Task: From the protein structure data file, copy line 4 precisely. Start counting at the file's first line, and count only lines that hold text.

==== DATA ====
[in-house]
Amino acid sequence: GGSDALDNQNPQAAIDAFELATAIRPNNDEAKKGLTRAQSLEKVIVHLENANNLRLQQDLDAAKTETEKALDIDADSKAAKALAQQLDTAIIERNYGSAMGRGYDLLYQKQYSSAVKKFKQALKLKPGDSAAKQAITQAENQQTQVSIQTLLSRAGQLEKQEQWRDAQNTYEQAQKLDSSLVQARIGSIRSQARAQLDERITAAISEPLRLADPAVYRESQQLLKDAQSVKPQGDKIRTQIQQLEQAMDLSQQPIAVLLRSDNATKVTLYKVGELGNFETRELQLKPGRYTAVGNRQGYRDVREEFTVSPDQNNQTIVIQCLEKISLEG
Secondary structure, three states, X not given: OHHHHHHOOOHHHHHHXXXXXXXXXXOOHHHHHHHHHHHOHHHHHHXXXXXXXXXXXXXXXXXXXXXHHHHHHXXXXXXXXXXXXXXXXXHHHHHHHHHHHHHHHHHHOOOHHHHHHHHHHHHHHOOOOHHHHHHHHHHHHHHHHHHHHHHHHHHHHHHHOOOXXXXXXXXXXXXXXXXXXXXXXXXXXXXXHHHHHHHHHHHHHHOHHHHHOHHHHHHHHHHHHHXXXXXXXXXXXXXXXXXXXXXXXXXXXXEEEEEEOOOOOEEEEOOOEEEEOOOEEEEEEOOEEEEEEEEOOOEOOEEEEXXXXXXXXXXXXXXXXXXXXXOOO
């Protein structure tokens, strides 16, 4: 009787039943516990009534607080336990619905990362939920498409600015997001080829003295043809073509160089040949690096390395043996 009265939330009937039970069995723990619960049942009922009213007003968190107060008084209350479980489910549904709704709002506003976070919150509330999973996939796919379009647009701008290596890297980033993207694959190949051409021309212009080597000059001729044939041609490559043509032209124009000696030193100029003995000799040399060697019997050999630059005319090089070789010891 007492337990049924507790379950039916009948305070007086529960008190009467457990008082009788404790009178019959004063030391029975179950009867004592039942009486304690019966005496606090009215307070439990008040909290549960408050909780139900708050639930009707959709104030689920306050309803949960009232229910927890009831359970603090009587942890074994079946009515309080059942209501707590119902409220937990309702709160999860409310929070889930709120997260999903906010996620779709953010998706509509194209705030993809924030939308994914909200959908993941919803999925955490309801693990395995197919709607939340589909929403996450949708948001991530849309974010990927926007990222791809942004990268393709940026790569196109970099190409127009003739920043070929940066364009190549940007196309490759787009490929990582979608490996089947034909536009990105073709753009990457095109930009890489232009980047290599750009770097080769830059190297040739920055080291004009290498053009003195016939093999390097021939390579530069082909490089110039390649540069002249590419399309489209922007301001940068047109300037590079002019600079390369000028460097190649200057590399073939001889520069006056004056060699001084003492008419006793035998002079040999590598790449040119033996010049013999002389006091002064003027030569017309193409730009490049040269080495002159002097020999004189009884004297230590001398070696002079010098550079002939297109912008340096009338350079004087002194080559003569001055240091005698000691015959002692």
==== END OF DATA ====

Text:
């Protein structure tokens, strides 16, 4: 009787039943516990009534607080336990619905990362939920498409600015997001080829003295043809073509160089040949690096390395043996 009265939330009937039970069995723990619960049942009922009213007003968190107060008084209350479980489910549904709704709002506003976070919150509330999973996939796919379009647009701008290596890297980033993207694959190949051409021309212009080597000059001729044939041609490559043509032209124009000696030193100029003995000799040399060697019997050999630059005319090089070789010891 007492337990049924507790379950039916009948305070007086529960008190009467457990008082009788404790009178019959004063030391029975179950009867004592039942009486304690019966005496606090009215307070439990008040909290549960408050909780139900708050639930009707959709104030689920306050309803949960009232229910927890009831359970603090009587942890074994079946009515309080059942209501707590119902409220937990309702709160999860409310929070889930709120997260999903906010996620779709953010998706509509194209705030993809924030939308994914909200959908993941919803999925955490309801693990395995197919709607939340589909929403996450949708948001991530849309974010990927926007990222791809942004990268393709940026790569196109970099190409127009003739920043070929940066364009190549940007196309490759787009490929990582979608490996089947034909536009990105073709753009990457095109930009890489232009980047290599750009770097080769830059190297040739920055080291004009290498053009003195016939093999390097021939390579530069082909490089110039390649540069002249590419399309489209922007301001940068047109300037590079002019600079390369000028460097190649200057590399073939001889520069006056004056060699001084003492008419006793035998002079040999590598790449040119033996010049013999002389006091002064003027030569017309193409730009490049040269080495002159002097020999004189009884004297230590001398070696002079010098550079002939297109912008340096009338350079004087002194080559003569001055240091005698000691015959002692």